In most cases, the most practical way to demonstrate both that all the features were implemented, and that they are implemented in an interoperable fashion, is to to show that there are test cases that cover most of the features of the specification, and that for each of these test cases, there are at least two implementations that pass it.

So, while the Process Document leaves some leeway (which is useful since not all specifcations can make use of a test suite), if a Working Group is developing a technology that can be tested in a sensible fashion, the W3C Director is likely to require a test suite before allowing to move to Proposed Recommendation.

Test planning should start very early; ideally at the same time as you start working on the specification. Defining a testing approach (what kinds of tests to develop and how they should operate) and thinking about testability are helpful even in the early stages of specification development.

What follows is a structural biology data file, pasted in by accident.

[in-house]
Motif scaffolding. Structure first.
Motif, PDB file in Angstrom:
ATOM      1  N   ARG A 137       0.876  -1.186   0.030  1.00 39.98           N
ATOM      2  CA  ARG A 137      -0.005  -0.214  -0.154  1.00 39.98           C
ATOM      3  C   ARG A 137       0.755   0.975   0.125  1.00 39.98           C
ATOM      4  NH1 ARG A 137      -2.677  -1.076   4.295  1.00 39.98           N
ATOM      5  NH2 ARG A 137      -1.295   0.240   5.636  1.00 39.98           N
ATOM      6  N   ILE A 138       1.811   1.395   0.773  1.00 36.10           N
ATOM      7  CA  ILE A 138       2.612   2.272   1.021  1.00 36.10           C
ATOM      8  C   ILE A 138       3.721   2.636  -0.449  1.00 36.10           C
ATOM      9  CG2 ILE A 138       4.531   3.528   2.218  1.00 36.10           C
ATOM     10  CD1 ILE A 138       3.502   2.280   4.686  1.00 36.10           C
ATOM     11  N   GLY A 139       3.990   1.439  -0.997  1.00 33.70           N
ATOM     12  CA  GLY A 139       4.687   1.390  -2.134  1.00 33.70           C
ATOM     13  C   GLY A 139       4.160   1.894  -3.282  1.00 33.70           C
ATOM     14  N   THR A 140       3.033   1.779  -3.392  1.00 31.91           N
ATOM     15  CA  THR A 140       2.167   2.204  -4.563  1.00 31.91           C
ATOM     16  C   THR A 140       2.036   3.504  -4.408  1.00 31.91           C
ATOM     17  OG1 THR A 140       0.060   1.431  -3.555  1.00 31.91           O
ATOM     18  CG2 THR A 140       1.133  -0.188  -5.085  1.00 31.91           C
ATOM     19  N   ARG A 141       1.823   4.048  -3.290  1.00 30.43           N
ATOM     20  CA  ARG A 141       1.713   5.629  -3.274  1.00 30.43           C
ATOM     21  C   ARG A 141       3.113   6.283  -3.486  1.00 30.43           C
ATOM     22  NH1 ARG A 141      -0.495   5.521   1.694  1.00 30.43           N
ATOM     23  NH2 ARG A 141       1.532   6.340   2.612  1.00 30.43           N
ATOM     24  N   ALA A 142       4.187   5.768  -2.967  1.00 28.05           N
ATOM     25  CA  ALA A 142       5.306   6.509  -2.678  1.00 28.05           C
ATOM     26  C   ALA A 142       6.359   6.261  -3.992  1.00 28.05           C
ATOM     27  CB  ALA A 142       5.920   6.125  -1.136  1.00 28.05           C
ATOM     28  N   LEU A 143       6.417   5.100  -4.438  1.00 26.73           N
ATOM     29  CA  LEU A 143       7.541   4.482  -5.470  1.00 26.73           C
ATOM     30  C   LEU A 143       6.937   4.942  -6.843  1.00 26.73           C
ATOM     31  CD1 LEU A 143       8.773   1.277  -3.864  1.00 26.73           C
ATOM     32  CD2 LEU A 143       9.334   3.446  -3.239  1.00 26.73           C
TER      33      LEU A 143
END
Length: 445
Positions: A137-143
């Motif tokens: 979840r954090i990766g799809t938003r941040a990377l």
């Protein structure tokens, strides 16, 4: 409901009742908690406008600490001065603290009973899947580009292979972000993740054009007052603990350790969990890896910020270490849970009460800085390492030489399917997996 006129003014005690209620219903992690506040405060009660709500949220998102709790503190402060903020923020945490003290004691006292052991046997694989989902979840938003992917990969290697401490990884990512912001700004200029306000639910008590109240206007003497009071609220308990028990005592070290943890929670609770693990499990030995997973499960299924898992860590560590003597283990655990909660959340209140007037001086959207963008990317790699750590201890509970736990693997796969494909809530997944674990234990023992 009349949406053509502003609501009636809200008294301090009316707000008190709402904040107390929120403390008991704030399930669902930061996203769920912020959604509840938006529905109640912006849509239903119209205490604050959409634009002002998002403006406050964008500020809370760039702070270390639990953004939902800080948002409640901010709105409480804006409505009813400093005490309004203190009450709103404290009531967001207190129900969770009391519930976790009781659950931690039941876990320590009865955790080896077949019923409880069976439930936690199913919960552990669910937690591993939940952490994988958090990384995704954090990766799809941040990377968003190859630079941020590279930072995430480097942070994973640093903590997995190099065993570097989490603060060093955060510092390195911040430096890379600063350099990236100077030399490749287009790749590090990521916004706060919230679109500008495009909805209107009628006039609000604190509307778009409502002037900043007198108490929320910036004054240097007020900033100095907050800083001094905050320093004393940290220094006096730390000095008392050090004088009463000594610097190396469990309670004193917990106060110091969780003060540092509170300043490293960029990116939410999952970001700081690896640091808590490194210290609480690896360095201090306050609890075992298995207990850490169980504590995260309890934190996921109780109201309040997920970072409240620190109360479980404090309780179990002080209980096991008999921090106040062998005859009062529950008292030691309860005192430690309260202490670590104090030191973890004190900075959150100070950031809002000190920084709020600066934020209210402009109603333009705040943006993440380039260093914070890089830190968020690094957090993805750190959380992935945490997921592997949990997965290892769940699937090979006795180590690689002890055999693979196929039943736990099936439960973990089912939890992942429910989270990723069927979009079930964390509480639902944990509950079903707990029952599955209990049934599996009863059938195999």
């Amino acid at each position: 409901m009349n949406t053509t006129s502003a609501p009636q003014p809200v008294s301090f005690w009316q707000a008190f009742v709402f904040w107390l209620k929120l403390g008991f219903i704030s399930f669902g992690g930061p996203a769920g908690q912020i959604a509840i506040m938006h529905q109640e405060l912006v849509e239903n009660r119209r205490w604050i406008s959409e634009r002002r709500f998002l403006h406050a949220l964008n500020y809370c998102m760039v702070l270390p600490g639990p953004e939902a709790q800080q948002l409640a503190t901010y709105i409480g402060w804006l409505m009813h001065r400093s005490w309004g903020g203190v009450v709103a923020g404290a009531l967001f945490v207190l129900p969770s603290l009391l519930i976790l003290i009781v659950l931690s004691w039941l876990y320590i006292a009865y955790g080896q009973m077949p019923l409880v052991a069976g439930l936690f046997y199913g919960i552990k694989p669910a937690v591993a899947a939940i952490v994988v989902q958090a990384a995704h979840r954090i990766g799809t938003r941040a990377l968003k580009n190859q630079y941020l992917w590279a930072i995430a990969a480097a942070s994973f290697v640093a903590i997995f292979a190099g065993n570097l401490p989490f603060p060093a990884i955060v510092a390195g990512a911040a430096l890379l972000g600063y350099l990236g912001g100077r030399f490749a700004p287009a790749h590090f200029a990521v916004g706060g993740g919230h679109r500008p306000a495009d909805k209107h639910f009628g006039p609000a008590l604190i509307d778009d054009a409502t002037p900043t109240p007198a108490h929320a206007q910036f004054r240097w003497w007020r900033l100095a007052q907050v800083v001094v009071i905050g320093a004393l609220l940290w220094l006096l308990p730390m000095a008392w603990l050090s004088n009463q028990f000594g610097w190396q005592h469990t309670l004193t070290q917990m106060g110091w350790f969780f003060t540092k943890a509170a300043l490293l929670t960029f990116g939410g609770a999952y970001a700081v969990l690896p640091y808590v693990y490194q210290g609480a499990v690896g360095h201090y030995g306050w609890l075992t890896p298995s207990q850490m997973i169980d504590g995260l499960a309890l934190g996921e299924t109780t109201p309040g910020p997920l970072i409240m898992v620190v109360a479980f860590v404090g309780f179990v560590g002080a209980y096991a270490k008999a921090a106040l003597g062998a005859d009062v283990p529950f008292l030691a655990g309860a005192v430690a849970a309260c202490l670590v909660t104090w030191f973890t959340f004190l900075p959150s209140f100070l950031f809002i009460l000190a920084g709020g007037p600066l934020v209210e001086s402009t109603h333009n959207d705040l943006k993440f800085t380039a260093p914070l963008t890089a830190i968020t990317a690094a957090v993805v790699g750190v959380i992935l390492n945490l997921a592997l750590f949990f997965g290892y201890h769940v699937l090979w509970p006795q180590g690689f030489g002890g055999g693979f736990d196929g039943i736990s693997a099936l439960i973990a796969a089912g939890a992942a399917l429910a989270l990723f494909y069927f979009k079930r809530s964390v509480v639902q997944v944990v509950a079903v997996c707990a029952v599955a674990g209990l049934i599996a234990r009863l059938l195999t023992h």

During the planning phase, identify all the specifications to be tested. This may seem obvious but often specifications refer to or depend on other specifications. It is also important to understand and to limit the scope of what is to be tested; so, focus on what really needs testing and not on related or dependent technologies being utilized indirectly by implementations.

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